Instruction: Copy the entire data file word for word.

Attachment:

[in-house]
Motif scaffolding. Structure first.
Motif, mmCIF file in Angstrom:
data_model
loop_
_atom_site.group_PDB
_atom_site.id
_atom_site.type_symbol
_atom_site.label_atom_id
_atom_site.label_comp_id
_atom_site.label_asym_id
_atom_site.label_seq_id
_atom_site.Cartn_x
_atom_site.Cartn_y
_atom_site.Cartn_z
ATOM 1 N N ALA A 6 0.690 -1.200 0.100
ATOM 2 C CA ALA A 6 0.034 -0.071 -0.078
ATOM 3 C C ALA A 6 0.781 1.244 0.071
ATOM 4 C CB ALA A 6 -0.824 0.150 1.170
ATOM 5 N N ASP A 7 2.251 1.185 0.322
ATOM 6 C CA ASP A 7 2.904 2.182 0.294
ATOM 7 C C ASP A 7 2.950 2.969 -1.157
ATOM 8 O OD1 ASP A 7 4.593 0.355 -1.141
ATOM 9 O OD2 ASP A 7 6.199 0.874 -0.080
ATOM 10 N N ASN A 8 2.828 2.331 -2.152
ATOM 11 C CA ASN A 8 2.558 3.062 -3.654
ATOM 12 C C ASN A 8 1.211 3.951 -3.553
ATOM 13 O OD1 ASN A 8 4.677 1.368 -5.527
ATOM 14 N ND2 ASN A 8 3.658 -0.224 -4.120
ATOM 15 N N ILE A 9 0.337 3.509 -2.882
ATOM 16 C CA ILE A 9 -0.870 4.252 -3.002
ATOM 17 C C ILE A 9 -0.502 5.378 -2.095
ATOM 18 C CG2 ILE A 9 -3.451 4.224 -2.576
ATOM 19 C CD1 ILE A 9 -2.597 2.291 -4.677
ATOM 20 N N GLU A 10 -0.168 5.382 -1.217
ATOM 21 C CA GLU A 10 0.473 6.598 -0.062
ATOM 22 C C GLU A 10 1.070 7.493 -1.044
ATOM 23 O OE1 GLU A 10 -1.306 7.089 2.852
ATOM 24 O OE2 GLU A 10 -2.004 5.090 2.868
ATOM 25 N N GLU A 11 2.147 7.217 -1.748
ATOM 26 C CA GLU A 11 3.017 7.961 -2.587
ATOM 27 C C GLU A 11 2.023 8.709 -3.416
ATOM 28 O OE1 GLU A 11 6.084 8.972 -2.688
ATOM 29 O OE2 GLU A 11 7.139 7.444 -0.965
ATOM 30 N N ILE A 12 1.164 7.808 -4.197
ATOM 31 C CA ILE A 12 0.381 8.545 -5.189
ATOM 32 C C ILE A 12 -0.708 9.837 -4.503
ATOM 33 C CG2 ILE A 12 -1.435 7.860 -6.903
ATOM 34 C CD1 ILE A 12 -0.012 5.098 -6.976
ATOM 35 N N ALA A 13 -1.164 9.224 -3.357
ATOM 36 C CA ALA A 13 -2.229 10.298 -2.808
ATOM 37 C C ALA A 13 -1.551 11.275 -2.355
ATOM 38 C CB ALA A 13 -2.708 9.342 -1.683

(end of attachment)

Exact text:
[in-house]
Motif scaffolding. Structure first.
Motif, mmCIF file in Angstrom:
data_model
loop_
_atom_site.group_PDB
_atom_site.id
_atom_site.type_symbol
_atom_site.label_atom_id
_atom_site.label_comp_id
_atom_site.label_asym_id
_atom_site.label_seq_id
_atom_site.Cartn_x
_atom_site.Cartn_y
_atom_site.Cartn_z
ATOM 1 N N ALA A 6 0.690 -1.200 0.100
ATOM 2 C CA ALA A 6 0.034 -0.071 -0.078
ATOM 3 C C ALA A 6 0.781 1.244 0.071
ATOM 4 C CB ALA A 6 -0.824 0.150 1.170
ATOM 5 N N ASP A 7 2.251 1.185 0.322
ATOM 6 C CA ASP A 7 2.904 2.182 0.294
ATOM 7 C C ASP A 7 2.950 2.969 -1.157
ATOM 8 O OD1 ASP A 7 4.593 0.355 -1.141
ATOM 9 O OD2 ASP A 7 6.199 0.874 -0.080
ATOM 10 N N ASN A 8 2.828 2.331 -2.152
ATOM 11 C CA ASN A 8 2.558 3.062 -3.654
ATOM 12 C C ASN A 8 1.211 3.951 -3.553
ATOM 13 O OD1 ASN A 8 4.677 1.368 -5.527
ATOM 14 N ND2 ASN A 8 3.658 -0.224 -4.120
ATOM 15 N N ILE A 9 0.337 3.509 -2.882
ATOM 16 C CA ILE A 9 -0.870 4.252 -3.002
ATOM 17 C C ILE A 9 -0.502 5.378 -2.095
ATOM 18 C CG2 ILE A 9 -3.451 4.224 -2.576
ATOM 19 C CD1 ILE A 9 -2.597 2.291 -4.677
ATOM 20 N N GLU A 10 -0.168 5.382 -1.217
ATOM 21 C CA GLU A 10 0.473 6.598 -0.062
ATOM 22 C C GLU A 10 1.070 7.493 -1.044
ATOM 23 O OE1 GLU A 10 -1.306 7.089 2.852
ATOM 24 O OE2 GLU A 10 -2.004 5.090 2.868
ATOM 25 N N GLU A 11 2.147 7.217 -1.748
ATOM 26 C CA GLU A 11 3.017 7.961 -2.587
ATOM 27 C C GLU A 11 2.023 8.709 -3.416
ATOM 28 O OE1 GLU A 11 6.084 8.972 -2.688
ATOM 29 O OE2 GLU A 11 7.139 7.444 -0.965
ATOM 30 N N ILE A 12 1.164 7.808 -4.197
ATOM 31 C CA ILE A 12 0.381 8.545 -5.189
ATOM 32 C C ILE A 12 -0.708 9.837 -4.503
ATOM 33 C CG2 ILE A 12 -1.435 7.860 -6.903
ATOM 34 C CD1 ILE A 12 -0.012 5.098 -6.976
ATOM 35 N N ALA A 13 -1.164 9.224 -3.357
ATOM 36 C CA ALA A 13 -2.229 10.298 -2.808
ATOM 37 C C ALA A 13 -1.551 11.275 -2.355
ATOM 38 C CB ALA A 13 -2.708 9.342 -1.683